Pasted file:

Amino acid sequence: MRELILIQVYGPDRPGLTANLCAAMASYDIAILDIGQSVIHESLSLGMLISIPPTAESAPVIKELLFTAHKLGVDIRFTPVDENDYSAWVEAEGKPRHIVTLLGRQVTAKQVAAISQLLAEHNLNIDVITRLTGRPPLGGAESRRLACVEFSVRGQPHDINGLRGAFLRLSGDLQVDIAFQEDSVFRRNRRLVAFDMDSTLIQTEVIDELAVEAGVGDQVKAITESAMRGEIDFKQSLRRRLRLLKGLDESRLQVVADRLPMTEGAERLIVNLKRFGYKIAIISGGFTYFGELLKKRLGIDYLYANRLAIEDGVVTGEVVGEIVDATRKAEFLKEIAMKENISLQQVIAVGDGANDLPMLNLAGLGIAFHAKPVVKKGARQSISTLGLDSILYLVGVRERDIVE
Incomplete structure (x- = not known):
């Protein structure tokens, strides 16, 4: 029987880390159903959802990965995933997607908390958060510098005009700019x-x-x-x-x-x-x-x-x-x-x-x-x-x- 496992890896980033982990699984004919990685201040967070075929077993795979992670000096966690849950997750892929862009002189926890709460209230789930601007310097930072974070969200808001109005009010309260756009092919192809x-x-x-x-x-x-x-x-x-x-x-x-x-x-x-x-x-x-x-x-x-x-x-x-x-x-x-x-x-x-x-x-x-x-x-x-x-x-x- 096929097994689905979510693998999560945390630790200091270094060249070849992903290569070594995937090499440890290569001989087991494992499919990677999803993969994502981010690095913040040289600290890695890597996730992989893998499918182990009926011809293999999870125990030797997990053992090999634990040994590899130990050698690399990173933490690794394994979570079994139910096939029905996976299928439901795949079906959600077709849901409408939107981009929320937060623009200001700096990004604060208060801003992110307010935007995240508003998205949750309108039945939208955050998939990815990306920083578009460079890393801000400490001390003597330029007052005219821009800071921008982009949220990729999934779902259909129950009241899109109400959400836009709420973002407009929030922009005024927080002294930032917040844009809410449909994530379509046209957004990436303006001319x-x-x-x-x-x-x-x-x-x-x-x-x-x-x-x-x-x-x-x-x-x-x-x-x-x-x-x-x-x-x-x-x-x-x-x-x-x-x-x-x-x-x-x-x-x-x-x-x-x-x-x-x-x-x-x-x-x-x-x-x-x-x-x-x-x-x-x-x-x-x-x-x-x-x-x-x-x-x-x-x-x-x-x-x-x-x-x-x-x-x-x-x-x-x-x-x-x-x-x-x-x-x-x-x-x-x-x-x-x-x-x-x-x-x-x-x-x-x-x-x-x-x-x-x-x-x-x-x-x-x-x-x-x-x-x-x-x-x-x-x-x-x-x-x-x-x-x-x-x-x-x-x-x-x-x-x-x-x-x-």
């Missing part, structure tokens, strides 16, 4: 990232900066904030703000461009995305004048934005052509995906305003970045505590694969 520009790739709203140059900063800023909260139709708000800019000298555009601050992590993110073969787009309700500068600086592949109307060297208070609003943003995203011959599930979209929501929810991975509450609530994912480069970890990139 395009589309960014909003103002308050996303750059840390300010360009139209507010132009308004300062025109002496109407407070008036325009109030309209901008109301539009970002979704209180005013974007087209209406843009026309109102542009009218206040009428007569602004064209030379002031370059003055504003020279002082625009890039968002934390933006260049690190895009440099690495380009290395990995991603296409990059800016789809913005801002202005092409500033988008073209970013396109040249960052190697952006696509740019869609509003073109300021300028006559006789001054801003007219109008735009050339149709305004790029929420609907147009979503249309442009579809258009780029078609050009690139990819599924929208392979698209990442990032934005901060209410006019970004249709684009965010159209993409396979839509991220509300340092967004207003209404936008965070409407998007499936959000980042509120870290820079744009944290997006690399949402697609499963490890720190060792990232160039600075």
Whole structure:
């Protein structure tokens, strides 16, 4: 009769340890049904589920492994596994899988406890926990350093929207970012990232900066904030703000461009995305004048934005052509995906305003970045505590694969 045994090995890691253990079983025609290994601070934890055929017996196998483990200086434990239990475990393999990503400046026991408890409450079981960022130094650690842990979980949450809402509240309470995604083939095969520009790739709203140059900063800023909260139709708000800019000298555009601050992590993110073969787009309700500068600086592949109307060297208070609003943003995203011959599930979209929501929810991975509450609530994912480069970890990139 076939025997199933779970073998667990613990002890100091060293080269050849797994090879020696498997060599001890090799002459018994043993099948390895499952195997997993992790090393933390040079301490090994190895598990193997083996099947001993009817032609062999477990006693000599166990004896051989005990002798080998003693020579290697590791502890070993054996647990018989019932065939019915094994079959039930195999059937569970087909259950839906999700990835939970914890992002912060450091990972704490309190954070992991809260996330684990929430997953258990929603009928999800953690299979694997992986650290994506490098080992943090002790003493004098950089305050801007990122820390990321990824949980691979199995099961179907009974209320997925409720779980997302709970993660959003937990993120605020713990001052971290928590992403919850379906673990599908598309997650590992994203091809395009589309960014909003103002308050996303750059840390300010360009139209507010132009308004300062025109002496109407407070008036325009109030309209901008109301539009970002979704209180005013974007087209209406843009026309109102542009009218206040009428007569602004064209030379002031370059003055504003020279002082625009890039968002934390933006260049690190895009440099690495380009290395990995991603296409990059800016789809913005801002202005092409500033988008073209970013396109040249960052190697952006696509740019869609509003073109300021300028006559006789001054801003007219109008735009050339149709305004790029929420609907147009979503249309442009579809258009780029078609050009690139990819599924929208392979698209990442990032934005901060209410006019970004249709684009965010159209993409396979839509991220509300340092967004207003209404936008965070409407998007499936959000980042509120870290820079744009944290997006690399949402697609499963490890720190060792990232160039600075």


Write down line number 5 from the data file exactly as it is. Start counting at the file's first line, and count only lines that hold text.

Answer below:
Whole structure: